Amino acid content of noni leaves 171
Metal content of noni leaves 173
Noni leaf compounds with Pharmacological properties 174
Noni seeds 175
Noni roots 177
The quality of noni products 179
Analytical methods 179
Local differences 184
Processing of Noni fruit juice 187
Analysis of inorganic-marker compounds 190
Analysis of organic-marker compounds 193
Acknowledgements 197
Attachments 198
Reference index 198
Subject index 214

 

Preface

The purpose of this book is to provide an overview of the traditional uses of the noni plant and its fulminant worldwide distribution in the past decade, to those who are already familiar with its use as well as those who wish to become acquainted with it.

We live in a century of rapid changes and technical progress, many of which our psyches fail to appropriately understand. Technically we live in the 21st century; however, emotionally we are at times, closer to the stone age. This discrepancy often creates distrust of modern technology, especially when it relates to medicinal technology.

One of the most difficult experiences in our life is to learn that we are suffering from a disease, but lack the ability to fight it. Regardless of how effectively we solve other problems in our life, we now learn that we cannot help ourselves. We are told to entrust our most precious possession, our body, to other people who use techniques which we do not understand. This creates anxious distrust, which increases if we are confronted with different diagnoses from other physicians.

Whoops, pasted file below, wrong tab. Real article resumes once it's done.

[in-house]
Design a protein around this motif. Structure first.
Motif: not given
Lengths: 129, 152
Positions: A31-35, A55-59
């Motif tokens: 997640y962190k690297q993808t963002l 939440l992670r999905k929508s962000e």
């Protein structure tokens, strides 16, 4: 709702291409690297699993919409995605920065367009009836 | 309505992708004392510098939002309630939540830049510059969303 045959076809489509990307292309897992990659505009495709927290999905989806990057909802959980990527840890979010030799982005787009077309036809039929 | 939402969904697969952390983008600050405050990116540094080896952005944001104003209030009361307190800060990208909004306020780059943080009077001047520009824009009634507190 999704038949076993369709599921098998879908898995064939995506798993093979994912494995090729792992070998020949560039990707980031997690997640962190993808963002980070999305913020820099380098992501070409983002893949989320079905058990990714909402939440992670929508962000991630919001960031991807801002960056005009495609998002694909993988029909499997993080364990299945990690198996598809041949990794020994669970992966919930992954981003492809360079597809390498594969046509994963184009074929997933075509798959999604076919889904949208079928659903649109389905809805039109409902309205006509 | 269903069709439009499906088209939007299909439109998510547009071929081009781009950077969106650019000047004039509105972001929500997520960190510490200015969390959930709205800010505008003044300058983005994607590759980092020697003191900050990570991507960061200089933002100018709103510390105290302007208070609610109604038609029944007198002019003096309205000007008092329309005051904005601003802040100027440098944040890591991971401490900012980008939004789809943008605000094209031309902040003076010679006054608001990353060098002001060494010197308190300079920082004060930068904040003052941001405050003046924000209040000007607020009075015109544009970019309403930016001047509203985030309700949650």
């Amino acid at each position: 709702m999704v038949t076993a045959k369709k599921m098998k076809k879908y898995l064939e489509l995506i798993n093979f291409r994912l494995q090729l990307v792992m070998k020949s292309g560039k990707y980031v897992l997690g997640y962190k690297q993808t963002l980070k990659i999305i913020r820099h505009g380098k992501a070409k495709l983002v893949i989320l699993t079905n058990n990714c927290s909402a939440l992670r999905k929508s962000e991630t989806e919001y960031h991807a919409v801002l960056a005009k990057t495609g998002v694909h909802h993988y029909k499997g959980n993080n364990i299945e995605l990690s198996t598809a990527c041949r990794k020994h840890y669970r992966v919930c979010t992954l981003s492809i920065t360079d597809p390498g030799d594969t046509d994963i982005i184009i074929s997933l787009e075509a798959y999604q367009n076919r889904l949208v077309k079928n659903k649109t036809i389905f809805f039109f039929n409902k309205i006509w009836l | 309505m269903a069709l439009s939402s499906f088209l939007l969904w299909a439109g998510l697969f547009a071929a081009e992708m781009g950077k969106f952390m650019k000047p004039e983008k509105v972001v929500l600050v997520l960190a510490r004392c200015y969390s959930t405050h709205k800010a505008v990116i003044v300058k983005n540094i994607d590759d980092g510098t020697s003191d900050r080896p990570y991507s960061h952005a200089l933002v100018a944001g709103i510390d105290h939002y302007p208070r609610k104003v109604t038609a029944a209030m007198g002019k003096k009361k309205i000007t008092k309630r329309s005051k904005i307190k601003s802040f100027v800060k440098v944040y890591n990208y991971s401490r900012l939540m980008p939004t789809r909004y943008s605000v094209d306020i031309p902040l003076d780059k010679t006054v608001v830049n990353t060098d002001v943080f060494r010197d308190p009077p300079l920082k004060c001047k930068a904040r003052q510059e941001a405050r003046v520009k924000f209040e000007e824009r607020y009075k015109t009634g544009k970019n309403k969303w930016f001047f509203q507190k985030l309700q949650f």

Many people try to avoid this situation by consulting specialists in natural healing. The positive experiences of these people are that natural healing emphasizes the whole body and not just a single organ. Natural healers also spend more time with their patients than most physicians who follow the traditional principals of medical school.

Medical schools focus mainly on the treatment of disease symptoms, whereas holistic or natural healing seeks to activate the self-healing forces of the body. Although this book reports on only one medicinal plant, noni, which is used in natural healing, we do not wish to recommend one over the other. We are convinced that the greatest benefit will result from a combination of both disciplines. While physicians from traditional medical schools have generally ridiculed natural healing in the past, a change has recently occurred. Disciplines, such as phytotherapy, homeopathy, traditional Chinese medicine, or acupuncture are now better accepted and are taught as part of medical university training. Although the quantity of holistic training is still very modest, it is no longer excluded at these universities. The interest, which many physicians have in the noni plant, shows that traditional medicine, and the experience of generations of humans arising from a detailed observation of nature, will find its way more and more into modern medical practices.